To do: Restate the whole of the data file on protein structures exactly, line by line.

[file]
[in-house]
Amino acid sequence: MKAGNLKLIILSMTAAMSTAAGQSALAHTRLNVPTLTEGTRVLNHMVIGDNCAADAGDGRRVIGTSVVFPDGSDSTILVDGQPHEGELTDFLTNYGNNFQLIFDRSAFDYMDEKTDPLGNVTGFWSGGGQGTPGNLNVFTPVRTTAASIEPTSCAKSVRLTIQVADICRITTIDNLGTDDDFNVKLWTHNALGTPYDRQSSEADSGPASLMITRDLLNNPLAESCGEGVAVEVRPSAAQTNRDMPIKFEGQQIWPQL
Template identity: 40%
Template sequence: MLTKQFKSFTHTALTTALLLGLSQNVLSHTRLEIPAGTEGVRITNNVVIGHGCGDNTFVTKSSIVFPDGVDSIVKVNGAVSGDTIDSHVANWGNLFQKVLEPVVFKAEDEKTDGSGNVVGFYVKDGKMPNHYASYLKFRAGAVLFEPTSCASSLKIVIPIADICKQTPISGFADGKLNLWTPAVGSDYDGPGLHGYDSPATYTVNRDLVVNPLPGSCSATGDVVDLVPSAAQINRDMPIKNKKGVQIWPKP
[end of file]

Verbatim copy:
[in-house]
Amino acid sequence: MKAGNLKLIILSMTAAMSTAAGQSALAHTRLNVPTLTEGTRVLNHMVIGDNCAADAGDGRRVIGTSVVFPDGSDSTILVDGQPHEGELTDFLTNYGNNFQLIFDRSAFDYMDEKTDPLGNVTGFWSGGGQGTPGNLNVFTPVRTTAASIEPTSCAKSVRLTIQVADICRITTIDNLGTDDDFNVKLWTHNALGTPYDRQSSEADSGPASLMITRDLLNNPLAESCGEGVAVEVRPSAAQTNRDMPIKFEGQQIWPQL
Template identity: 40%
Template sequence: MLTKQFKSFTHTALTTALLLGLSQNVLSHTRLEIPAGTEGVRITNNVVIGHGCGDNTFVTKSSIVFPDGVDSIVKVNGAVSGDTIDSHVANWGNLFQKVLEPVVFKAEDEKTDGSGNVVGFYVKDGKMPNHYASYLKFRAGAVLFEPTSCASSLKIVIPIADICKQTPISGFADGKLNLWTPAVGSDYDGPGLHGYDSPATYTVNRDLVVNPLPGSCSATGDVVDLVPSAAQINRDMPIKNKKGVQIWPKP